Tyre Manufacture: How Tyres Are Made

  • Author: OPONEO.CO.UK

The process of tyre manufacture is a complex one - there are around seven different tyre components, all needing to be constructed in a precise manner to give best performance such as reliability, longevity and road-holding. Get one element wrong, and it could be disastrous.

Most of us know the basic components of a tyre – beads, belts, ply, sipe and groove, sidewalls, shoulder and tread, but very few know how a tyre is constructed. Just what are the processes involved?

tyres-on-a-rack

Blend of ingredients

There are up to thirty ‘ingredients’ in any one tyre blend, dependent on what the tyre is for – a hard-wearing truck tyre won’t have the same blend as a high performance tyre for example. As these blends are proprietary and key to any tyre manufacturers success, you won’t find a list of them on the internet.

Typically, a tyre construction uses several different rubber compounds, compromising both natural and synthetic rubber, a number of ‘fillers’ such as carbon black and silica, and few other ingredients which varies per construction (although some of these are chemical compounds).

It’s the compounds that add the unique properties – ultra-high grip for example. These ingredients are all mixed together and heated, the result of which is a black, sticky rubber compound. From this point, the rubber is left to cool before heading to the next construction step.

tyre-milling

Tyre milling

The mill is used to shape the rubber into strips, usually by rolling the rubber compound out before cutting. It’s these strips that form the basic construction of the tyre.

Other elements are also prepared in this process, such as the sidewalls and beads. Although some of these elements have added processes, such as the inclusion of steel belts or wire bundles, they also have extra rubber added, dependent on the tyre component.

Once the ‘plies’ have been constructed, it’s time to piece it all together in the build area.

Building the tyre

Generally, the tyre is built up from the inside out, although some manufacturers do it differently, but the process is similar. The strips of rubber are laid into a tyre building machine; the different strips are called plies and there are usually around four per regular car tyre. It’s here that the other elements are also brought together.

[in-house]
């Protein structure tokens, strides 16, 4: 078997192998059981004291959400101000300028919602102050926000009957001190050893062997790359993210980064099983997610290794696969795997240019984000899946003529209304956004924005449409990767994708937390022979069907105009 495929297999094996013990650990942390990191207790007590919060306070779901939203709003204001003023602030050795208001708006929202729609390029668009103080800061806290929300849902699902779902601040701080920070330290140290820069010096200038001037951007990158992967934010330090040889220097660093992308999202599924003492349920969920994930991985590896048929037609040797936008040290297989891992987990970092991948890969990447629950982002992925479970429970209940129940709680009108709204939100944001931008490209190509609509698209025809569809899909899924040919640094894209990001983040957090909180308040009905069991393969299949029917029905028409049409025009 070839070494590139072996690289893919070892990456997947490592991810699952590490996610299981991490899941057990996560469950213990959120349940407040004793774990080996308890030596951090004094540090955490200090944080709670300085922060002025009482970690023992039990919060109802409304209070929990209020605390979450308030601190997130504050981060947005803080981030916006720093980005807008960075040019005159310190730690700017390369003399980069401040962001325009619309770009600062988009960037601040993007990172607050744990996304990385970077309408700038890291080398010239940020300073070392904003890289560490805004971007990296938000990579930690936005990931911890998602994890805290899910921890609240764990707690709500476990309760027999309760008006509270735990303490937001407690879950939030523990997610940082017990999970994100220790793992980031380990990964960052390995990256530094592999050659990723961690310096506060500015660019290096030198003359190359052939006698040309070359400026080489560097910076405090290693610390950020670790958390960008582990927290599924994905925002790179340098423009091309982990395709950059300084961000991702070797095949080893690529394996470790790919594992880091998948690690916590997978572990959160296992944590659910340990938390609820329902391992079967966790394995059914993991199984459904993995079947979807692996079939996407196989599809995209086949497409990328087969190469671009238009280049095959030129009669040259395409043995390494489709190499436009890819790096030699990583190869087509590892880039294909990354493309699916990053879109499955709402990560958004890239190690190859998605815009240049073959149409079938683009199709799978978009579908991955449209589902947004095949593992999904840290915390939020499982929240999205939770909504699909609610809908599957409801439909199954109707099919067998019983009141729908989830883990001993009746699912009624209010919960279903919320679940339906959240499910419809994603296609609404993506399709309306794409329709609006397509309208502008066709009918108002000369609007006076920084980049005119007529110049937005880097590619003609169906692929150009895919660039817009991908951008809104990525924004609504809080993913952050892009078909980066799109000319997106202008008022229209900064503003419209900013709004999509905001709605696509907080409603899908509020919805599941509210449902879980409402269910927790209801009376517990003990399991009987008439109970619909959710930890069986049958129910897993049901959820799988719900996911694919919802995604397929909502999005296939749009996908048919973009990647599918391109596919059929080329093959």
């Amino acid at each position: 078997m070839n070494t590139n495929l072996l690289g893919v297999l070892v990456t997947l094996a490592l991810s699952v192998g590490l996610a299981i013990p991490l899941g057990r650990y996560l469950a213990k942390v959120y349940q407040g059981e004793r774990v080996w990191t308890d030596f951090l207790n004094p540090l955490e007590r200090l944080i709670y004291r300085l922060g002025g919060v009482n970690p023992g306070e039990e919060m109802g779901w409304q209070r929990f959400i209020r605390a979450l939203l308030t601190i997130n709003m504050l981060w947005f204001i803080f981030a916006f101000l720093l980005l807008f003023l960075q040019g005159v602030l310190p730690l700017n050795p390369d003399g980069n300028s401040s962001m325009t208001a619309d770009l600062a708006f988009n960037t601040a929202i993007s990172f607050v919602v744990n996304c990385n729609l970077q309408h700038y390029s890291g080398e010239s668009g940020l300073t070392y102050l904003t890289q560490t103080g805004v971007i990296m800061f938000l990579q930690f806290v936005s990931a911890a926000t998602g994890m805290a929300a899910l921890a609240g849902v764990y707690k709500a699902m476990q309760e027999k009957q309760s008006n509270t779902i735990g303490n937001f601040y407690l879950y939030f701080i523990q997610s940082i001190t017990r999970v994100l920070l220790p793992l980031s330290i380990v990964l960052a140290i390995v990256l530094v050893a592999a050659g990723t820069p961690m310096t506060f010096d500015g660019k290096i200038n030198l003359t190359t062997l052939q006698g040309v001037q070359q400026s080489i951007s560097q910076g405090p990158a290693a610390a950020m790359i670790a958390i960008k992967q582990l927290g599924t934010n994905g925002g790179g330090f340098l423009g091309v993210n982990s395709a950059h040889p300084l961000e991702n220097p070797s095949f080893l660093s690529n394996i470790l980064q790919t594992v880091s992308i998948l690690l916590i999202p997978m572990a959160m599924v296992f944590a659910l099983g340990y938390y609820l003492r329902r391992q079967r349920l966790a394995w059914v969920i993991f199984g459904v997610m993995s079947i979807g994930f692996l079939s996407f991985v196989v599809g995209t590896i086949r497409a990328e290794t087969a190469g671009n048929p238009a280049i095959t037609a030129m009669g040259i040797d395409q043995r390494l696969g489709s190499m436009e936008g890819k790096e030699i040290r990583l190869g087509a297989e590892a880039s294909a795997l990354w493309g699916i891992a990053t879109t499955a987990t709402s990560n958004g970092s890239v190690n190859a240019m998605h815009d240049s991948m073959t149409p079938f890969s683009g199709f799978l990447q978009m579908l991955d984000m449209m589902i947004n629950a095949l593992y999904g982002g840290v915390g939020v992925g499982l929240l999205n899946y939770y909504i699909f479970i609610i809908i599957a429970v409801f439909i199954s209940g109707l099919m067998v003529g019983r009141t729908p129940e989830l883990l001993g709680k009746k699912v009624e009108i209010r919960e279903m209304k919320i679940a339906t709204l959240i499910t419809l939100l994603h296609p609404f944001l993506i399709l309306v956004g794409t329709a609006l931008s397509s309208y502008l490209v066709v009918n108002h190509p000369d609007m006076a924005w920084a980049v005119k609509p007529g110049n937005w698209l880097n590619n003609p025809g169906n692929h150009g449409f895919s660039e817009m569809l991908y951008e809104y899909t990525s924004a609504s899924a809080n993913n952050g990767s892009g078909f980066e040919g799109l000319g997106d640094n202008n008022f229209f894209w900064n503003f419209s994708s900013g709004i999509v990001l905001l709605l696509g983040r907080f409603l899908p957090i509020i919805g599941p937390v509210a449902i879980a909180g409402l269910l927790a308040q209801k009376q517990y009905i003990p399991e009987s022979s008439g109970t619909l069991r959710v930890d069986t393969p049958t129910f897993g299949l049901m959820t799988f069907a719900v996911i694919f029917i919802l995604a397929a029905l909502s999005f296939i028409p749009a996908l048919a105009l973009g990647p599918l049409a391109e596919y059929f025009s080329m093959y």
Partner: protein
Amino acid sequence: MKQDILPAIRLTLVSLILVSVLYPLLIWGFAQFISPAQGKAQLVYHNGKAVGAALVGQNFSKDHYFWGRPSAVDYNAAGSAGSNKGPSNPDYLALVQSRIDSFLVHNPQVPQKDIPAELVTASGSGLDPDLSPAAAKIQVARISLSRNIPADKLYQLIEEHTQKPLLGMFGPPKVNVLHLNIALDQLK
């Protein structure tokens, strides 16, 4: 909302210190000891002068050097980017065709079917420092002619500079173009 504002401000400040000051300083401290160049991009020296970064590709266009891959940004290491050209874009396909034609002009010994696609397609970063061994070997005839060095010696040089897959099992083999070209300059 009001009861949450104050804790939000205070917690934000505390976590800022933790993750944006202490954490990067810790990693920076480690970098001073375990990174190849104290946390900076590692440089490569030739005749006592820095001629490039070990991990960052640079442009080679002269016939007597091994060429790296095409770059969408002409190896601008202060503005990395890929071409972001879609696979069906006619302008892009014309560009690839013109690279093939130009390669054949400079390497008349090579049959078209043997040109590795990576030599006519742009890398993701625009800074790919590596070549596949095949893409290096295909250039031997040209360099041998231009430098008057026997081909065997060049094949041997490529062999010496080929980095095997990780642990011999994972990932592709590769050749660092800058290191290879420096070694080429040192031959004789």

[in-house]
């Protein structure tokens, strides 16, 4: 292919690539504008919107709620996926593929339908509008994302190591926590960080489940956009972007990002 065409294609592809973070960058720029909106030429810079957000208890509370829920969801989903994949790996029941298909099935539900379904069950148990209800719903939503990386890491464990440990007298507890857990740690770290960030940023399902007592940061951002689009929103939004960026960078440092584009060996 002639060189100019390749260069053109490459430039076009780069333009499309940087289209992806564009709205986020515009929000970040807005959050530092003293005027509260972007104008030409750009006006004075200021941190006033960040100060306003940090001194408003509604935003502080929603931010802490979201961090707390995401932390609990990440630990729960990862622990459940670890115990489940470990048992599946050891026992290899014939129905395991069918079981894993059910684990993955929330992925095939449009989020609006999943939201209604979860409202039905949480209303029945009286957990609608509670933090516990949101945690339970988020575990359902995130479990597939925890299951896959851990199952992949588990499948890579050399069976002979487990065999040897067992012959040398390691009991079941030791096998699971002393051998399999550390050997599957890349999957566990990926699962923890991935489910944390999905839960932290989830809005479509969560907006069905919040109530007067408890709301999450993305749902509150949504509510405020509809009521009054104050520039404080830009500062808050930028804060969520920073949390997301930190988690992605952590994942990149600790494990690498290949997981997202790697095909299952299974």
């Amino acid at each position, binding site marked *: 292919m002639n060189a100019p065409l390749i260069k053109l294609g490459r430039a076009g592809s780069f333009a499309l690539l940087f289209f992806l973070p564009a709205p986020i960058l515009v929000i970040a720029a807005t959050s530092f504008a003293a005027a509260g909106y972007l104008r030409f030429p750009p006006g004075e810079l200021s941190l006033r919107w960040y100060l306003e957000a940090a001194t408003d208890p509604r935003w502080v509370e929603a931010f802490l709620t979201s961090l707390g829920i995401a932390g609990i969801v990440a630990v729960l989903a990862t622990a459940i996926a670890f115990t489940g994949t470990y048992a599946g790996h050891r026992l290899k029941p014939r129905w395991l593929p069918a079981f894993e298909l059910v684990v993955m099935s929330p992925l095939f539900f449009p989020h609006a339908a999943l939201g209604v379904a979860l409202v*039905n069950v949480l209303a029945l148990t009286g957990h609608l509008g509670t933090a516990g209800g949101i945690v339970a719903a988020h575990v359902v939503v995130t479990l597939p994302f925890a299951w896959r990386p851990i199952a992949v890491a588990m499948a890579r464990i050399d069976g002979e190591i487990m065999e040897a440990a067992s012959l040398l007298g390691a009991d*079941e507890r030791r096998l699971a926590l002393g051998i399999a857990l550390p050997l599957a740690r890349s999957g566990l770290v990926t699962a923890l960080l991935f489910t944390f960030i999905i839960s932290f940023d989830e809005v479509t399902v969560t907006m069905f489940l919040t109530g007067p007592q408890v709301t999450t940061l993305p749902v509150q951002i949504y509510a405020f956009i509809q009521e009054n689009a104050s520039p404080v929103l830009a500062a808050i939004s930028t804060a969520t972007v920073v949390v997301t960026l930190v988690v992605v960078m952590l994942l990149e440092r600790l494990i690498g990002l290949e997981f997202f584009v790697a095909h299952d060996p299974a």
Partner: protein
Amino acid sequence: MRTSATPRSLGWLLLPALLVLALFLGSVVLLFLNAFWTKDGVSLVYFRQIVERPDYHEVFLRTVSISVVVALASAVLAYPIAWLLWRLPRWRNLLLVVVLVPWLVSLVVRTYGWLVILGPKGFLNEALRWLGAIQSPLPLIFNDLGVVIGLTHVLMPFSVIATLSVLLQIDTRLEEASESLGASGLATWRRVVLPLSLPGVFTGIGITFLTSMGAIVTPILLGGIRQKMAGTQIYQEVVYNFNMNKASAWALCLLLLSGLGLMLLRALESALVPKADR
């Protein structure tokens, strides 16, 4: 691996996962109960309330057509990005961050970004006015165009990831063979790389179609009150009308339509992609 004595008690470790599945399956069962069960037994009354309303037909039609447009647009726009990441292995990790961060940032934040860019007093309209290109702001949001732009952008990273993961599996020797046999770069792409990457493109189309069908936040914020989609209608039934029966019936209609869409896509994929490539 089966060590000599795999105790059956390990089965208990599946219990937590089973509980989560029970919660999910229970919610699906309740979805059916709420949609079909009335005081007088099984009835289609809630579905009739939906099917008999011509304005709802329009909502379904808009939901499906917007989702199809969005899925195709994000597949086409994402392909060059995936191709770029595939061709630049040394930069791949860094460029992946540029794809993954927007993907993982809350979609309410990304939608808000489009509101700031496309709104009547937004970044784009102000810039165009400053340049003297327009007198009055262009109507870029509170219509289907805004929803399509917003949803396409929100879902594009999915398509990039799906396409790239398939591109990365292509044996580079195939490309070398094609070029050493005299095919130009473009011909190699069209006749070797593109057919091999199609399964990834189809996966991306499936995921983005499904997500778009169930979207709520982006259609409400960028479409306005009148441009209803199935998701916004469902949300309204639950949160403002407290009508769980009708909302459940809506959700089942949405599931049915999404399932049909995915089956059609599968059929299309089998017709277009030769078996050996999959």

Essentially, the plies are laid into the machine, glued together and then the sidewalls and beads are added. The internal drum of the machine expands under steam pressure, which has two effects – the first being to force the tyre against the outer part of the machine, and the second is that the steam heats the rubber to help the moulding process.

Once the tyre has been built, it’s left to cool down before being released, this product is known as a ‘green tyre’ – it’s recognisably a tyre, but just not ready for the road until it’s been cured.

Tyre curing

The nature of the tyre changes the exact process for curing, but typically, the tyre is placed in a curing press, which heats the tyre again and allows the external markings (including tread blocks and manufacturers markings) to be stamped in to the tyre. The result is the final tyre that’s ready to be fitted to a car. In theory, you could do just that, but most manufacturers will give the finished tyre a final inspection.

Although strictly not part of the actual building process, the final inspection is vital to the quality and safety of the tyre – a tyre is the only connection between your vehicle and the road, so any flaws could be a potential safety issue on the road.

Most tyre manufacturers have specialist inspectors that take each tyre and thoroughly inspect it by eye before passing it off. They’re looking for any flaws or blemishes that could be a potential weak spot, and on each production run, a number of finished tyres will be pulled from the production line for x-ray inspection – ensuring uniform thickness and quality.

tyre-on-ice

The making of tyres

When you understand how tyres are produced, it’s quite easy to see why they aren’t cheaper – especially when you consider the job that they do. Too many people are happy to skimp on the cost of tyres, but a quality tyre can change your whole driving experience in terms of ride quality, handling, performance (including braking) and longevity.

When you understand how tyres are produced, it’s quite easy to see why they aren’t cheaper – especially when you consider the job that they do. Too many people are happy to skimp on the cost of tyres, but a quality tyre can change your whole driving experience in terms of ride quality, handling, performance (including braking) and longevity.

A tyre isn’t just a lump of rubber that’s been moulded in a machine, there’s countless hours of design, manufacturing and build in each and every one. It’s for this reason that we have ultimate grip in wet weather, lower fuel costs, shorter braking distances and, overall, better ride quality. It could be argued that the tyre is one of the most developed parts of the modern car.

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